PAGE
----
Using the energy equation of the Kepler motion, one can also show that the "escape velocity" V1 from distance RE ("second cosmic velocity" in Russia) is given by
It is larger by a factor equal to the square root of 2, which is 1.4142..
Questions and worked examples
This section is again mostly concerned with one calculation, and the questions asked are all related to it.
If you give the above velocity V0 to a rocket launched vertically, straight up, how far from Earth will it get before falling back?
Since the energy is the same as the one required for low Earth orbit, the semi-major axis a will also be the same. For the low Earth orbit, a = 1 RE, hence the same value holds here, too, making the ellipse 2RE long. The highest point of the trajectory--the apogee of the orbit--will therefore be at the height of 1 RE above ground.]
Given the orbital velocity for a circular orbit at 1 RE as 7.9 km/sec, what is the escape velocity at the surface of the Earth (r = 1 RE)?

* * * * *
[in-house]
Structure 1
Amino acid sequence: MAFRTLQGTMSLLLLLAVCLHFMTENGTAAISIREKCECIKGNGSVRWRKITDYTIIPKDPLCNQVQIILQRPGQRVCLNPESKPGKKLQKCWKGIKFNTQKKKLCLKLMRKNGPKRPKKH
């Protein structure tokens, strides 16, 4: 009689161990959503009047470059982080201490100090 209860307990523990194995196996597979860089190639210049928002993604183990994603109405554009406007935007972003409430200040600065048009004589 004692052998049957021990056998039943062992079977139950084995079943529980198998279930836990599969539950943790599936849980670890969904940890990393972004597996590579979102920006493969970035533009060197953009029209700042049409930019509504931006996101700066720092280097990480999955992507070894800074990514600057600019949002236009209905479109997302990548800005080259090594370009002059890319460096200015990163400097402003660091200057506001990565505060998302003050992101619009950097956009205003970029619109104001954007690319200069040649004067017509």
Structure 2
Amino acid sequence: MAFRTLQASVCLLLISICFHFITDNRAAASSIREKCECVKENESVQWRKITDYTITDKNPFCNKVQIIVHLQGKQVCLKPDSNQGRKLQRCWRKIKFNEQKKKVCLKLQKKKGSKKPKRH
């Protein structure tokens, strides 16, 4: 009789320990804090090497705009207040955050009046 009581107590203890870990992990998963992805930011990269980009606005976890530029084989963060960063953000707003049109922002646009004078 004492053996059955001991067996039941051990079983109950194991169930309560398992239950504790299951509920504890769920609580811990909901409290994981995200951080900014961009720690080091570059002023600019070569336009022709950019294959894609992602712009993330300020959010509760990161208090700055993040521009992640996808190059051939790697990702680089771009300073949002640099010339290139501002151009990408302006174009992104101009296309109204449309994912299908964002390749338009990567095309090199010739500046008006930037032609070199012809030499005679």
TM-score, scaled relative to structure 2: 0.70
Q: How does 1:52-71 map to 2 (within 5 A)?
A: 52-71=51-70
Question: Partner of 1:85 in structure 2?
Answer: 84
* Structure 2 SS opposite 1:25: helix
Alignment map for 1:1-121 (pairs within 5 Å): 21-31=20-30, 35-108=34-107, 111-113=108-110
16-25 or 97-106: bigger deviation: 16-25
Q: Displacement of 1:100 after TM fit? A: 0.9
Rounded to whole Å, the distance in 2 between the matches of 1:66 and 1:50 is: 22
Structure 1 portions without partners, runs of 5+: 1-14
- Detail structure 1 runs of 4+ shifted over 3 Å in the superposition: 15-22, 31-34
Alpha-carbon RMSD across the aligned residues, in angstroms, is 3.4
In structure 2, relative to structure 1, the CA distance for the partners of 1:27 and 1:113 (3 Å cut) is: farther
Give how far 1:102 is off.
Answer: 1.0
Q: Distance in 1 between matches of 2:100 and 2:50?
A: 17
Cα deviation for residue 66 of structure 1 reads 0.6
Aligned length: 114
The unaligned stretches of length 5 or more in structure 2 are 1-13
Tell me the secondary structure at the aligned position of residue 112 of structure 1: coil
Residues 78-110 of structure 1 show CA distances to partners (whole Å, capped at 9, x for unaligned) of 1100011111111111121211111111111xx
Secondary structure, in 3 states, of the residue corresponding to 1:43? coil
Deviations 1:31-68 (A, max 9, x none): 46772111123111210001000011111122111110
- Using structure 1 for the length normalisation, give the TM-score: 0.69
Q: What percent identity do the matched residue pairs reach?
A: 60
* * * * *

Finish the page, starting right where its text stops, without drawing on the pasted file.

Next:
What sort of "escape" does it provide, and what sort doesn't it?
If an object above the atmosphere has a velocity greater than the escape velocity V1 in what upward direction must it move to escape the Earth's gravity?
The Earth orbits the Sun in a near circular orbit of radius 1 AU (Astronomical Unit) at 30 km/sec. How much extra velocity, above and beyond 11.2 km/s, does a spacecraft escaping the Earth's gravity need, to escape the Sun's gravity as well?
V1 = 30*SQRT(2) = 30*1.4142 = 42.4 km/s.
Thus an additional velocity of (42.4 - 30) = 12.4 km/s is required.
(The question below is really just for debating fun!)
In some weird alternate universe (already met in the lesson on Newton's 2nd law) weight and mass are not proportional. Two materials, astrite and barite, have the same weight per unit volume, but a volume of astrite has twice the mass of a similar volume of barite.